Identifying and treating pink eye in babies
Conjunctivitis, often called pink eye, is a common eye condition in babies where the thin, clear membrane that covers the white of the eye and the inside of the eyelids (the conjunctiva) becomes inflamed due to infection or irritation. Pink eye can affect one or both eyes and falls under one of four types of conjunctivitis, either contagious or non-contagious:
Contagious types of pink eye
Bacterial conjunctivitis can be attributed to illness-causing bacteria, similar to the kind that causes strep throat or staph infection.
Because it’s bacterial, this type of conjunctivitis is contagious. Your baby likely caught it by touching or playing with a contaminated object or by having contact with an infected person.
Viral conjunctivitis is caused by the same bug that causes the common cold and other viruses. This type of pink eye, which is sometimes called an eye cold, is very contagious, so it’s possible your baby caught the virus from someone else.
It may also be that they have a virus of their own that has spread to or manifested in their mucous membranes, which are found in the nose, mouth, eyelids and windpipe, as well as many other places.
Non-contagious types of pink eye
Allergic conjunctivitis happens when an individual is exposed to an allergen like mold, pet dander, dust or pollen. For those who are sensitive to them, these triggers can cause conjunctivitis-like symptoms, such as red, watery, puffy eyes. Other allergy-related symptoms, such as sneezing and a runny nose, are also typically present.
Allergic pink eye is not contagious and will likely only occur when your baby is exposed to allergens they’re sensitive to (e.g., the changing of the season or certain environments where allergens are present).
Irritant conjunctivitis occurs when irritants, such as smoke (either from tobacco or fire) or chlorine (water or airborne), trigger a reaction in the eyes. Reactions typically consist of pink or red eyes, accompanied by burning and watering.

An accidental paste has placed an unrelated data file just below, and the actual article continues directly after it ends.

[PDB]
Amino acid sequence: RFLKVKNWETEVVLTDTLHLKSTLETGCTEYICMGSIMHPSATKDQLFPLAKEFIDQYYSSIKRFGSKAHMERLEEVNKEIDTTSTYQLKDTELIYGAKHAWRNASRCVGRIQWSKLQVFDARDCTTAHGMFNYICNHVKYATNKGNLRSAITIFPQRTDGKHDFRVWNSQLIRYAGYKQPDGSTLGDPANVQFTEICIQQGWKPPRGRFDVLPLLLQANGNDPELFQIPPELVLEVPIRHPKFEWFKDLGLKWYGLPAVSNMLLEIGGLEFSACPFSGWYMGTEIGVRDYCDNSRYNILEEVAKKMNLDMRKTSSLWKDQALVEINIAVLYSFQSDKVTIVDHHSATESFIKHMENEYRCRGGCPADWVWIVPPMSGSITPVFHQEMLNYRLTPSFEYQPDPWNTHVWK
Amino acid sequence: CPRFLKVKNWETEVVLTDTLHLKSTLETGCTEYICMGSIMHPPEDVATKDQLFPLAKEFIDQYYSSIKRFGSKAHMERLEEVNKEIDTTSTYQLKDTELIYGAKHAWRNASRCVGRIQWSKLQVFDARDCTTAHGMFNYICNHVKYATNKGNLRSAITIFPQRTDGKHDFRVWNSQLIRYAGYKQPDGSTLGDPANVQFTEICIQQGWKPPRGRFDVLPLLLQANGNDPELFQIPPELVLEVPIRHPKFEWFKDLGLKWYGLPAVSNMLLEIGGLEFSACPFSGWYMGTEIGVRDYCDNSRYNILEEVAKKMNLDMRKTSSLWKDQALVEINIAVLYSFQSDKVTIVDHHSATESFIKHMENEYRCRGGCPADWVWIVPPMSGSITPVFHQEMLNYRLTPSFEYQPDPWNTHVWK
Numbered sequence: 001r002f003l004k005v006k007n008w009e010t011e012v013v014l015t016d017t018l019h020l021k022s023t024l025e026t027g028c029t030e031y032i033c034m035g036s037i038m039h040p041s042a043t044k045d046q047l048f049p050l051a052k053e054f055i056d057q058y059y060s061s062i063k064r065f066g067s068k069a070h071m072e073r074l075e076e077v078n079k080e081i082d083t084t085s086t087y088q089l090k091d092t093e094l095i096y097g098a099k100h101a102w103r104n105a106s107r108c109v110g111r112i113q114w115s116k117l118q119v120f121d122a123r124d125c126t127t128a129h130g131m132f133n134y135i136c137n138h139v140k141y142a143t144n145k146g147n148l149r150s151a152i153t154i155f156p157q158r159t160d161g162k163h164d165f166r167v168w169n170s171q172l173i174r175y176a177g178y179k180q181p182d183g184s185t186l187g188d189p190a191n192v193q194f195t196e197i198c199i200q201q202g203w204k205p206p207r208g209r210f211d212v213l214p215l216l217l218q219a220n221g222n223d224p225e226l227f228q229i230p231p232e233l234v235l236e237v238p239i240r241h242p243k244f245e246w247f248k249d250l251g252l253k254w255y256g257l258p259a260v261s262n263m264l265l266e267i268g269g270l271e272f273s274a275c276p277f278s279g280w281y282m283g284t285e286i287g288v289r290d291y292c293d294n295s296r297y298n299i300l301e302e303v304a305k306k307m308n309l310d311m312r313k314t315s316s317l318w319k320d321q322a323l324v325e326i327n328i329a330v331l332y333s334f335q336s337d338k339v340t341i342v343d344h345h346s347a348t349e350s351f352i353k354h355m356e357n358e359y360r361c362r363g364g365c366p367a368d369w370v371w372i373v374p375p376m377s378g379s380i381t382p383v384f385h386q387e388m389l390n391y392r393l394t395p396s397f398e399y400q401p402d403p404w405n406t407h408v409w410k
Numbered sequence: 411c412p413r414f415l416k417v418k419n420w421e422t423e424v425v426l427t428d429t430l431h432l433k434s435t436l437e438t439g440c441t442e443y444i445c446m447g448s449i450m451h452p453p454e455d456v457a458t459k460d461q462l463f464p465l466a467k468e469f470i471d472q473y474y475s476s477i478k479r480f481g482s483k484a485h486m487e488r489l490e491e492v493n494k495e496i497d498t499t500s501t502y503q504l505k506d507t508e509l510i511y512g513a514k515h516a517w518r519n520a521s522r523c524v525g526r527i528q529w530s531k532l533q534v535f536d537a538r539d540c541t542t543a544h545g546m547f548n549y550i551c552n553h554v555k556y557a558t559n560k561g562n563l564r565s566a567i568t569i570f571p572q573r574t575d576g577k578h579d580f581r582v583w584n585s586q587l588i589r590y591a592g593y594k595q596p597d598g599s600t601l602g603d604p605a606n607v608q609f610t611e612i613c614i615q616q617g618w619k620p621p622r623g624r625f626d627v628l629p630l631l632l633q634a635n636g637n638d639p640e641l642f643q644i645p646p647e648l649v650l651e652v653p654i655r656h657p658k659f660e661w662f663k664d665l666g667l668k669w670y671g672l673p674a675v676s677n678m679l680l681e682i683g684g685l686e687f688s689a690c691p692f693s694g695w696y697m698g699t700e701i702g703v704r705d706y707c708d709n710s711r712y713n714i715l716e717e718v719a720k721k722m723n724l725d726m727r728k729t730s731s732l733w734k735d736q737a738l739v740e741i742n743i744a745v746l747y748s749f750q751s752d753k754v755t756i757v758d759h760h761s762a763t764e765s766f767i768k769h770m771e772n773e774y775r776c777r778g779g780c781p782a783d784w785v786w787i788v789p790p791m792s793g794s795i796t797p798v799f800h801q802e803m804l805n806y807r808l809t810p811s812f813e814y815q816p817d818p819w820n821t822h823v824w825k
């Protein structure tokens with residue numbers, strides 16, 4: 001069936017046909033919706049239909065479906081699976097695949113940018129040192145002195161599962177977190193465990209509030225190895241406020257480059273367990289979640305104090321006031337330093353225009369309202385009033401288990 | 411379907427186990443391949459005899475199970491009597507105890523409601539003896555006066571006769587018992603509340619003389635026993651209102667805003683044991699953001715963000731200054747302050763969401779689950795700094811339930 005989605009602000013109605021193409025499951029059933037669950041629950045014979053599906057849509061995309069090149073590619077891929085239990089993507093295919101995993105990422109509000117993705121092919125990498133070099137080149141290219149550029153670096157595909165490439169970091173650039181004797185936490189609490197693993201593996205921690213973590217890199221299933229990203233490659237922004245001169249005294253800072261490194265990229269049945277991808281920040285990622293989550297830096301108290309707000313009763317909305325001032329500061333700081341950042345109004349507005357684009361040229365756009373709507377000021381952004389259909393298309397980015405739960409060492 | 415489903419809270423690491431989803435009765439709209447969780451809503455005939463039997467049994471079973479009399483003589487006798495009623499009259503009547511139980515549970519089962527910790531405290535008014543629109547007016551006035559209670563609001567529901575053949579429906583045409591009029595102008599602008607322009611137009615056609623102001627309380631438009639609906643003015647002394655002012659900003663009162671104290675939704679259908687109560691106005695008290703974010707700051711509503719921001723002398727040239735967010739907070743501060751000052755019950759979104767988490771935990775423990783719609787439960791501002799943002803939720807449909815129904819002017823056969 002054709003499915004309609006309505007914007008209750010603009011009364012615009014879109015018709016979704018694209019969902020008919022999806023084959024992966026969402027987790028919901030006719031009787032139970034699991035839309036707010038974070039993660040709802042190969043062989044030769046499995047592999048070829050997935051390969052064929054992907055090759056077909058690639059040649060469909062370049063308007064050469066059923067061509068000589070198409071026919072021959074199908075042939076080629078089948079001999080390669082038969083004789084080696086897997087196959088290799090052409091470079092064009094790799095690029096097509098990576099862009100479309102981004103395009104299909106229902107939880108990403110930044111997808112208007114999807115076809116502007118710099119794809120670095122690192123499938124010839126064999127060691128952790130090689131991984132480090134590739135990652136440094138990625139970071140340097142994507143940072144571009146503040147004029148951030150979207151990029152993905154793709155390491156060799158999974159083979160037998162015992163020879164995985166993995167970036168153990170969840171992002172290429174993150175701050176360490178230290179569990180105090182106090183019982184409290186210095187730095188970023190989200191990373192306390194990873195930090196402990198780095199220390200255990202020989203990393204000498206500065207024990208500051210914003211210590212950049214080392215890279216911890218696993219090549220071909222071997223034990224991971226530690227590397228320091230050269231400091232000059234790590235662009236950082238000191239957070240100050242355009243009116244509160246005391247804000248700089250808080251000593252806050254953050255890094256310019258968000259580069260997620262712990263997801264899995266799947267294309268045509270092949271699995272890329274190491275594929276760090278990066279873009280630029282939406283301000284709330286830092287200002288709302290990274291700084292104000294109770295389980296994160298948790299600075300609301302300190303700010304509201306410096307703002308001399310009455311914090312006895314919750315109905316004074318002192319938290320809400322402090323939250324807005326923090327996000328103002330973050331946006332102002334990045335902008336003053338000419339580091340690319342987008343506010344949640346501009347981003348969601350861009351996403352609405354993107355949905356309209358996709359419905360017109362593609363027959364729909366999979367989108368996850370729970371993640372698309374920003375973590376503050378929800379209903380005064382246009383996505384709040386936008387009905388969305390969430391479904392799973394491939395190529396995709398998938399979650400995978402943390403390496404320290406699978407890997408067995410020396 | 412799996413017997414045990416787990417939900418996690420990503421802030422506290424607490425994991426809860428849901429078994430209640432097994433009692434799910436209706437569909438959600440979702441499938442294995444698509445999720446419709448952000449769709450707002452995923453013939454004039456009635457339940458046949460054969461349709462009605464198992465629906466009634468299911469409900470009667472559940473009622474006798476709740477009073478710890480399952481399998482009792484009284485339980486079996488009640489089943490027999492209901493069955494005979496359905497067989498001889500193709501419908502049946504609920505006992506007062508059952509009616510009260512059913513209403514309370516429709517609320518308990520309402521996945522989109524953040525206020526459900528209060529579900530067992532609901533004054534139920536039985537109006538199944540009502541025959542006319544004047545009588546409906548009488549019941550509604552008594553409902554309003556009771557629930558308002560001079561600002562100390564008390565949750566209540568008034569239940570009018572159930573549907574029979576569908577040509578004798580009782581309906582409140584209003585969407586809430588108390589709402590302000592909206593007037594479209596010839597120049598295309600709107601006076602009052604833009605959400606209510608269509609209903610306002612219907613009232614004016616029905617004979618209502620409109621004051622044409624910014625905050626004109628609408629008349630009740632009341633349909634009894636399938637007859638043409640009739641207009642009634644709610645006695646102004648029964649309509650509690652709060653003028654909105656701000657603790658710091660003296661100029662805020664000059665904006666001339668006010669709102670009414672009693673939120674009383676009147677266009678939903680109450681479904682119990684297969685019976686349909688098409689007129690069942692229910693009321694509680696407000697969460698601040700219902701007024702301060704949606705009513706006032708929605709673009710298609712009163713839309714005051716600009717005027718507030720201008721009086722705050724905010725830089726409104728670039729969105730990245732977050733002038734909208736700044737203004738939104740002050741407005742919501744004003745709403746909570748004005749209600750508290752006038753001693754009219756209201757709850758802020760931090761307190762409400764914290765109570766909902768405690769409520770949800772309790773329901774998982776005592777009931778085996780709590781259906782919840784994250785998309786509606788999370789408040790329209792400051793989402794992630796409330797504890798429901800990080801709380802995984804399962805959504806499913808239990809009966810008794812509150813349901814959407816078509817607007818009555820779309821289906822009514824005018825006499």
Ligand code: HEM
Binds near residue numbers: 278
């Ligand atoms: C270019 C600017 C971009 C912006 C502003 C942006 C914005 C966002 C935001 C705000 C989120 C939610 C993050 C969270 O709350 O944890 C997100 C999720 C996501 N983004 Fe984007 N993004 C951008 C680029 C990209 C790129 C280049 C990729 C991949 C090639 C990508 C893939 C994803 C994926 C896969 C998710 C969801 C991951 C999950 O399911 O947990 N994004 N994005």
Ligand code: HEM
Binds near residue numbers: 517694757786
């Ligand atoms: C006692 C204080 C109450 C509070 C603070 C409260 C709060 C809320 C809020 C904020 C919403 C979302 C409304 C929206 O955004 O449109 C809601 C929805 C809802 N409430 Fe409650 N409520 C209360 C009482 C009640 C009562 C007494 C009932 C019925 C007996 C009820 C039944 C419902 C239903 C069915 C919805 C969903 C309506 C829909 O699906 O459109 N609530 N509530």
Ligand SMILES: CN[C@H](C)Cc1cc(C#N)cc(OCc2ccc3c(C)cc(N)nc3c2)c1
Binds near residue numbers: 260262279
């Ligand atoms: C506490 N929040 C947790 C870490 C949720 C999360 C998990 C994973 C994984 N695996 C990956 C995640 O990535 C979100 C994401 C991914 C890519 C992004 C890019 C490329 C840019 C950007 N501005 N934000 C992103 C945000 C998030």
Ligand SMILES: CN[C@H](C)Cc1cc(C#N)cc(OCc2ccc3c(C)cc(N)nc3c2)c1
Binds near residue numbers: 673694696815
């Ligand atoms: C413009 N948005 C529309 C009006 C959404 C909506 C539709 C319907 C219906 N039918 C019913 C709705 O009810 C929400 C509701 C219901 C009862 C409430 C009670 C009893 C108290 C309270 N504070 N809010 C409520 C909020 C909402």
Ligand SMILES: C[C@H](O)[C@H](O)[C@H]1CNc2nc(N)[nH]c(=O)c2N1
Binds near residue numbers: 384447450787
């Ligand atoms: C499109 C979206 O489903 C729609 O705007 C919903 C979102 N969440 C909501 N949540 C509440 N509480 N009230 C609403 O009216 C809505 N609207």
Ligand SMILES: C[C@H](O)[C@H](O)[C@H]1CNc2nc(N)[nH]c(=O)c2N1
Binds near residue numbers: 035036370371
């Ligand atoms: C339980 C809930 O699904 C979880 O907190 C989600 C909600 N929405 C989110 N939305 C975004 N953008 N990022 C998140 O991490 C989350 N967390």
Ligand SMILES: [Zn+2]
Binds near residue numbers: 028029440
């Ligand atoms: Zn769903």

Irritant pink eye is not contagious and can be prevented as long as you avoid known triggers that irritate your baby’s eyes.
SEE RELATED: Eye allergies vs. pink eye: What’s the difference?
Pink eye in newborns
Newborns are especially susceptible to contagious forms of pink eye. If the mother has a venereal disease and delivers the baby naturally, the virus or bacteria can be transmitted to the baby’s eyes from the birth canal, resulting in neonatal conjunctivitis. According to the Centers for Disease Control and Prevention, the most common types of newborn conjunctivitis include:
Inclusion (chlamydial) conjunctivitis
Other types of bacterial and viral conjunctivitis
It’s for this reason that doctors immediately apply antibiotic eye drops or ointment to a baby’s eyes after birth.
How to identify conjunctivitis
While some symptoms of pink eye are universal — such as having the whites of the eyes appear pink or red — other symptoms are type-specific and can help you identify pink eye in babies.
Common symptoms associated with viral and bacterial pink eye can be present in one or both eyes and can include:
Eye discharge that appears white, yellow or green and often crusts your baby’s eyes shut while they sleep
Itchiness that prompts your baby to rub their eyes
Swollen or puffy eyelids